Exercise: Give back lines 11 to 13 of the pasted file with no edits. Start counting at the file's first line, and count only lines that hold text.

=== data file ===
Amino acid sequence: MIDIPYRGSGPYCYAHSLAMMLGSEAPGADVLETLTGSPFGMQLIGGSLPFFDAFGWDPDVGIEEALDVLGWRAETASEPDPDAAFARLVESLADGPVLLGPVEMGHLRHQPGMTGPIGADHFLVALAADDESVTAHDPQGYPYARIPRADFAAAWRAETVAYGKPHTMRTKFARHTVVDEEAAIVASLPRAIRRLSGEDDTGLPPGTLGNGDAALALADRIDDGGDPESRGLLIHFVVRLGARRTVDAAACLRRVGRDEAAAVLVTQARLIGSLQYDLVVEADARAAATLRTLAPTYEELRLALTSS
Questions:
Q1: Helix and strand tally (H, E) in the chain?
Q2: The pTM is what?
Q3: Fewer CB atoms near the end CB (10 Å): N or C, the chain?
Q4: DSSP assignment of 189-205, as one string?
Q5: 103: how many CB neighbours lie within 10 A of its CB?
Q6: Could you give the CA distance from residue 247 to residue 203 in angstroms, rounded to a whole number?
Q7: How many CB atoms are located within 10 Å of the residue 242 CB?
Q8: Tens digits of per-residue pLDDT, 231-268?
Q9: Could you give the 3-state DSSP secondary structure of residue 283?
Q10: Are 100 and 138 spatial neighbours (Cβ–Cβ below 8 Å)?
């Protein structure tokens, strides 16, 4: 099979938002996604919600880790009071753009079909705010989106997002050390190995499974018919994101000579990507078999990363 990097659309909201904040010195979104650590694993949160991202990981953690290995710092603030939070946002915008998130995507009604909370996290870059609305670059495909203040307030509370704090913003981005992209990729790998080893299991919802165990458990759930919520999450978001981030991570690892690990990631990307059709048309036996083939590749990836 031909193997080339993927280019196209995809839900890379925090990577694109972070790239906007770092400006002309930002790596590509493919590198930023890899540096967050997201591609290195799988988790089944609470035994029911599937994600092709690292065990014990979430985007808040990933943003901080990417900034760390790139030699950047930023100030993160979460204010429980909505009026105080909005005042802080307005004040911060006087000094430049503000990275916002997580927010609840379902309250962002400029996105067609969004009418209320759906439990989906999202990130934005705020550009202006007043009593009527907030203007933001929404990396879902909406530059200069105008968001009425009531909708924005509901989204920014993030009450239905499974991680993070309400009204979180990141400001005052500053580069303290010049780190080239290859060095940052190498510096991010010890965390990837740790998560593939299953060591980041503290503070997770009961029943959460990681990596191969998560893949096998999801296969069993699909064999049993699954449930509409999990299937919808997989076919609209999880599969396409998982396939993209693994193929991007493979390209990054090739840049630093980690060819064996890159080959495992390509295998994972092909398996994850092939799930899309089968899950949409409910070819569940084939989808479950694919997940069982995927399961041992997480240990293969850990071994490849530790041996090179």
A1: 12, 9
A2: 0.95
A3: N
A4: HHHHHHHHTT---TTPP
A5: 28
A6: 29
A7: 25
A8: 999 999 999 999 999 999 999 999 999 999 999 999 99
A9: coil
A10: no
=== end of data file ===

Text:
Q9: Could you give the 3-state DSSP secondary structure of residue 283?
Q10: Are 100 and 138 spatial neighbours (Cβ–Cβ below 8 Å)?
């Protein structure tokens, strides 16, 4: 099979938002996604919600880790009071753009079909705010989106997002050390190995499974018919994101000579990507078999990363 990097659309909201904040010195979104650590694993949160991202990981953690290995710092603030939070946002915008998130995507009604909370996290870059609305670059495909203040307030509370704090913003981005992209990729790998080893299991919802165990458990759930919520999450978001981030991570690892690990990631990307059709048309036996083939590749990836 031909193997080339993927280019196209995809839900890379925090990577694109972070790239906007770092400006002309930002790596590509493919590198930023890899540096967050997201591609290195799988988790089944609470035994029911599937994600092709690292065990014990979430985007808040990933943003901080990417900034760390790139030699950047930023100030993160979460204010429980909505009026105080909005005042802080307005004040911060006087000094430049503000990275916002997580927010609840379902309250962002400029996105067609969004009418209320759906439990989906999202990130934005705020550009202006007043009593009527907030203007933001929404990396879902909406530059200069105008968001009425009531909708924005509901989204920014993030009450239905499974991680993070309400009204979180990141400001005052500053580069303290010049780190080239290859060095940052190498510096991010010890965390990837740790998560593939299953060591980041503290503070997770009961029943959460990681990596191969998560893949096998999801296969069993699909064999049993699954449930509409999990299937919808997989076919609209999880599969396409998982396939993209693994193929991007493979390209990054090739840049630093980690060819064996890159080959495992390509295998994972092909398996994850092939799930899309089968899950949409409910070819569940084939989808479950694919997940069982995927399961041992997480240990293969850990071994490849530790041996090179």